If movement comes from one particular joint disproportionately, then that one joint and the muscles that move it have to do more than their fair share of work. Instead, we can distribute the effort but creating a chain of movement using many joints to a lesser degree.


Do an experiment: take your hand in front of you, and draw a figure eight – you probably used your wrist, elbow and shoulder in a series of combinations. Imagine just trying to use your wrist – it might be possible but it would not be easy – or efficient – and that’s exactly the kind of movements we are after. Easy + efficient = yes please.


▶ Skeletal Alignment is a clear pathway of weight passing through balanced joint space.


▶ Muscle Action in asana is effective when it positions the bones to produce functional skeletal alignment.


The way I interpreted the last two ideas is that when we use our structure to bear our weight well – ie the weight travels down through bone to the ground, we can use less muscular action to create stability – the stability comes from our bones and we get the natural rebound of energy which Newton described in his third law – “for every action, there is an equal and opposite reaction.” Finding the sukham (ease) by finding the sthiram (stability).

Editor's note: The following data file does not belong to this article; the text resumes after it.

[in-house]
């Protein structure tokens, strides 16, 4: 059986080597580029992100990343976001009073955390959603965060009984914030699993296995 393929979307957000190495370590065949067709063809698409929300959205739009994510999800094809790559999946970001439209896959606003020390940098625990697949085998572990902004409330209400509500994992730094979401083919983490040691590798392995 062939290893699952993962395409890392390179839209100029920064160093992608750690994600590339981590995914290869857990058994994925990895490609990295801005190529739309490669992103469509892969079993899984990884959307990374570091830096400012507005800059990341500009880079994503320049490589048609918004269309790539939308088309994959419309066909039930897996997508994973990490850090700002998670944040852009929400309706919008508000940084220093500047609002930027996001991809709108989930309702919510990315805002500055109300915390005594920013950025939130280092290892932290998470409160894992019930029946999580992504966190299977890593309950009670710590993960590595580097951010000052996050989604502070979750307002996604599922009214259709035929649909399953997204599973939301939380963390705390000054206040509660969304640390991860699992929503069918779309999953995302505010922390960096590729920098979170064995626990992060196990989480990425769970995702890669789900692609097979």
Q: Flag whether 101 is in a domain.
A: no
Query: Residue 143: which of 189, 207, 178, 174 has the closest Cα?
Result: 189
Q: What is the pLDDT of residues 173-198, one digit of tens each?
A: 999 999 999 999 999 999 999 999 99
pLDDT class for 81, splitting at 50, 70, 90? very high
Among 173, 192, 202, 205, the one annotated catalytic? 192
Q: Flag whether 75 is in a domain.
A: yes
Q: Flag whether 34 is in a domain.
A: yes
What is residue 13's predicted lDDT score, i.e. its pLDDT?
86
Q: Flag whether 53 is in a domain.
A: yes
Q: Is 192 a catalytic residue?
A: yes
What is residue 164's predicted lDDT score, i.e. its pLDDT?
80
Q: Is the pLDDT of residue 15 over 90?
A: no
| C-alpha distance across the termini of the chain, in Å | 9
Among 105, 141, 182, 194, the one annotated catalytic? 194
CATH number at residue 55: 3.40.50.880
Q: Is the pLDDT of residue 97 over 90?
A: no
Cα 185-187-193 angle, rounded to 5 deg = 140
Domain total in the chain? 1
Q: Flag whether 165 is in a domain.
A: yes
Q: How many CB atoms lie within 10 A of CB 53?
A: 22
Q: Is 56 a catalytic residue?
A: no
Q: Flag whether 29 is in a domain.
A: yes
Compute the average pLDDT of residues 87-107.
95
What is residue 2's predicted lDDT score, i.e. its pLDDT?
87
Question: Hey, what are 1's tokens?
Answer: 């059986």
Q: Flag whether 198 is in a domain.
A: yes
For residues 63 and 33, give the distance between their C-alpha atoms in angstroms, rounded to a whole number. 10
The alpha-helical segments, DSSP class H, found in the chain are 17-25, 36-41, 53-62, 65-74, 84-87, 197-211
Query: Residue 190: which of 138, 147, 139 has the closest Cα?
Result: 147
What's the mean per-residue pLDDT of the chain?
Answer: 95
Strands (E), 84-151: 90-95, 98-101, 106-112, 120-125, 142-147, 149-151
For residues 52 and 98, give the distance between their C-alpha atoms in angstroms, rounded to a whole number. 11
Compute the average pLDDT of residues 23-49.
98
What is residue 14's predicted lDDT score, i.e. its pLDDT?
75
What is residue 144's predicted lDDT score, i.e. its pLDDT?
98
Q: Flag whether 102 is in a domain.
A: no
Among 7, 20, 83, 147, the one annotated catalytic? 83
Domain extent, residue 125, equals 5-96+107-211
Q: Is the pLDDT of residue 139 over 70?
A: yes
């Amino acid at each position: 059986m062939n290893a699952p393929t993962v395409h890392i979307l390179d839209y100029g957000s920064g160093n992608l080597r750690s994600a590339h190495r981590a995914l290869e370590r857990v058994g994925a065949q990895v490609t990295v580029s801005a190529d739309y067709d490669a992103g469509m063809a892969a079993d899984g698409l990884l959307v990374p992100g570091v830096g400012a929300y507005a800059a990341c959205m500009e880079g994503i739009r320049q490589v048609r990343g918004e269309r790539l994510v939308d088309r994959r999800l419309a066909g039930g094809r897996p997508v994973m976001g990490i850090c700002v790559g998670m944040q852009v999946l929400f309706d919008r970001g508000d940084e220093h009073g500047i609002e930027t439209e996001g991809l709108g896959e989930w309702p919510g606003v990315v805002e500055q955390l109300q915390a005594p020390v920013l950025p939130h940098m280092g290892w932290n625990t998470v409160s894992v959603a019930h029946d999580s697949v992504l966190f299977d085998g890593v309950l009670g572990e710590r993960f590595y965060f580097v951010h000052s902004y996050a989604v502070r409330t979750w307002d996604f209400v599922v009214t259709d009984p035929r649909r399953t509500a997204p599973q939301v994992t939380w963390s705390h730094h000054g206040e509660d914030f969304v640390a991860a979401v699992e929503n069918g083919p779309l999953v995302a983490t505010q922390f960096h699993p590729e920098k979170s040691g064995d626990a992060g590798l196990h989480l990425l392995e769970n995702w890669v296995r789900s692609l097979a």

The last point – slightly sets my Alexander Technique alarm bells ringing because it seems to distance the muscular action from the person … I think I would rewrite this

 

“A plan for creating an asana (yoga pose) is effective when it involves using the appropriate joints in an efficient sequence with the minimum possible effort. “

 

In the light of the above concepts, how might we reimagine these classic alignment cues?

 

▶ Stand with the feet parallel

▶ Square the pelvis

▶ Tuck the tail

▶ Always lengthen the spine

▶ Draw the shoulder blades down the back

▶ Always place the bent knee over the ankle

▶ “Open” the hips

▶ Heart opening

▶ “Knit” the ribs together

 

These cues have often grated against my own experience of applying them to my practice, watching how they are received in class, and against my understanding of anatomy through the lens of the ITM Alexander Technique. The question often on my lips when I hear this in a group class is WHY? and FOR WHICH STUDENT?

 

Here we venture into the territory of the correction model which is so ubiquitous in the world of fitness and health.